Ticket to Minto: Stories of India and America (Iowa Short Fiction Award) (英語) ペーパーバック – 2001/10
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"Ticket to Minto, " Sohrab Homi Fracis's premier fiction collection, offers readers a passage to an unfamiliar destination-a world suspended between East and West, India and America, home and away.
With piercing insight, Fracis expertly reveals the underlying differences between immersion in India's culture-Hindu, Muslim, or Parsi-and life as an Indian in America. Alternating between East and West, the stories in "Ticket to Minto" serve as companion pieces, interrelated across continents in both theme and content. A middle-aged man's search for love in Bombay is contrasted with an Indian American family's hopes for the marriage of their westernized daughter. A university student rushes to save the life of a servant in his homeland only to find his own life threatened while attending graduate school in America.
Poignant and daring, "Ticket to Minto" underlines the harsh realization that the immigrant never truly arrives but is in constant limbo between two worlds. As one character relates, "There's a part of me that's American and a part that's Indian. I'm clear about that and comfortable with it, except that sometimes people want me to be just the one or the other."
"A subtle understanding of human nature, clarity, and intelligence inform this splendid collection. Sohrab Fracis's accurate eye for sensual detail is as evocative of the sights, sounds, and smells of India as it is of the lonelier landscapes of his domicile in America. An original voice stamped with veracity."--Bapsi Sidhwa, author of "The Crow Eaters" and "Cracking India"
"Reading "Ticket to Minto" was an emotional and intellectual joyride I did "not" want to end. Here is a writer who leaps headlong into the creative furnace--daring, energetic, fresh! This collection of stories will haunt me for years to come."--Susan Power
Reading "Ticket to Minto" was an emotional and intellectual joyride I did "not" want to end. Here is a writer who leaps headlong into the creative furnace daring, energetic, fresh! This collection of stories will haunt me for years to come. Susan Power"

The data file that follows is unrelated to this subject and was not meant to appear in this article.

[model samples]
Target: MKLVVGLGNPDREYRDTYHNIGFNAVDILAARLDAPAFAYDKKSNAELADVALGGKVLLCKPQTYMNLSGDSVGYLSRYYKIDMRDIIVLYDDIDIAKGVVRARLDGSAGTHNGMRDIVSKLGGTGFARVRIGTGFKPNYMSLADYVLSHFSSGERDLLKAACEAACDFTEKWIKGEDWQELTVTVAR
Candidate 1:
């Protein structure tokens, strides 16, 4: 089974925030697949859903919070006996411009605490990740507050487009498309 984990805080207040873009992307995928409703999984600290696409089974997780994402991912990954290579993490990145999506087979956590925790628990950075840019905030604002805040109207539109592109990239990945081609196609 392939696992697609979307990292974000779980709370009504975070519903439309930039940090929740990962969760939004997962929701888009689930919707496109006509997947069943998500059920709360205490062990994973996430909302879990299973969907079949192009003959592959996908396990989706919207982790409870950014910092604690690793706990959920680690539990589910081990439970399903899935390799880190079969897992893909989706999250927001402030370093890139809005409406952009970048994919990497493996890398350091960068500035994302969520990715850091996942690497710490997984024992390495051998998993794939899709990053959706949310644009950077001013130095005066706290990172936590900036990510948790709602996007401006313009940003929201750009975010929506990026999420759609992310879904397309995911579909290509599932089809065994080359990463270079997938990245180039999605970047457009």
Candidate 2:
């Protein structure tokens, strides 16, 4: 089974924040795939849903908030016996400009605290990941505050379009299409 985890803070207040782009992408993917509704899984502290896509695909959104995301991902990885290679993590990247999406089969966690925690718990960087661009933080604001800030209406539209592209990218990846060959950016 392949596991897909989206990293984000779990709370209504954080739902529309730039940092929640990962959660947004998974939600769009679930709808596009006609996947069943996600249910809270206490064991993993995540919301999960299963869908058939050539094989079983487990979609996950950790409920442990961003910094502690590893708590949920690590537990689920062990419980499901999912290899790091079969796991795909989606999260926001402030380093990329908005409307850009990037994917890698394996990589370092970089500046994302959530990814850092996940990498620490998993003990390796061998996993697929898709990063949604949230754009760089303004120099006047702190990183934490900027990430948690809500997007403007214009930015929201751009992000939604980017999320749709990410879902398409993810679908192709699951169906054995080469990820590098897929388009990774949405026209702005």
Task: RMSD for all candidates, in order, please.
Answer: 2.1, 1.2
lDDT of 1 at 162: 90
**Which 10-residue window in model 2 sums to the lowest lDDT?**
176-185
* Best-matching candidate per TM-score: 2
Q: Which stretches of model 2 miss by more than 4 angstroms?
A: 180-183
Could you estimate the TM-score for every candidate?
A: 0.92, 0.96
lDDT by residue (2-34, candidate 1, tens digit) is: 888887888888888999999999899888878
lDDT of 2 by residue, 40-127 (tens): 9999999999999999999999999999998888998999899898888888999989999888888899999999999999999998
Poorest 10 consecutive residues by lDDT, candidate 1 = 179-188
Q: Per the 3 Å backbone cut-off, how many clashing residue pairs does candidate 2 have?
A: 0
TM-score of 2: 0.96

A subtle understanding of human nature, clarity, and intelligence inform this splendid collection. Sohrab Fracis's accurate eye for sensual detail is as evocative of the sights, sounds, and smells of India as it is of the lonelier landscapes of his domicile in America. An original voice stamped with veracity. Bapsi Sidhwa, author of "The Crow Eaters" and "Cracking India""商品の説明をすべて表示する
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Sohrab Fracis creates a rich variety of Indian characters, beginning with the Parsi schoolboy whose religious faith helps him defeat a bully in the first story, "Ancient Fire" and ending with an Indian-American whose artistic faith keeps him going as a talented author in the last story, "The Mark Twain Overlook."
I notice an underlying sensibility in this collection that appears almost like a character. This sensibility is upper class, cultured, dynamic. It thrives on nuance, at times challenges with ambiguity. It lives as an uneasy minority in India and in America. It values stability and family life but prefers mobility and single life. It searches for love less by convention and more on its own complex terms. It portrays promiscuity with serio-comic effect. It feels for the downtrodden and is painfully aware of class divisions that contribute to India's misery. It casts a keen eye at American provincialism and residual racism. It understands the dilemma of mainstream Americans who are identified with past wrongs to minorities and are trying to right the wrongs but in ways that bring the mainstream more condemnation. It empathizes with the elderly, especially with those who live their declining years with calm and dignity.
It often closes stories with images of remarkable subtlety like the broken tree branch in "Stray" and the drifting hairs of a pickled rabbit's paw in "Rabbit's Foot" (stories in which students from India feel the tug of their country's traditions and life in contemporary America). Arguably, the most skillful use of imagery occurs in the conclusion of "Keeping Time." Here music and writing interweave to underscore an aging piano teacher's alleviation of frustrations and sadness with stoic acceptance.
The stories are set in India and the United States, related by their protagonists - Indian people of different religious groups - Hindu, Muslim, or Parsi - who are condemned to live as outsiders and strangers, abroad in America or even at home in India. Fracis writes about his characters with knife-like insight, but not without humour and poignancy, to show their (inner) struggle. His protagonists fight for recognition, search for love, and try to live a decent live. The writing draws the reader into the stories and into the live of those people. The narrative voice is so startling and colourful and one that takes the reader along on an unforgettable journey between two continents.
I came across the book by chance - but this has been one of the luckiest coincidences ever. I translated the story "Keeping Time" into German and read it to friends and other audiences. The responses were great. It is the underlying universal validity of the stories that make the collection a rewarding read for people even outside India and the United States.
I recommend this book highly to anyone who likes valuable literature and is interested in Indian an American contemporary life and life in general. I can't wait to read more by Sohrab Homi Fracis.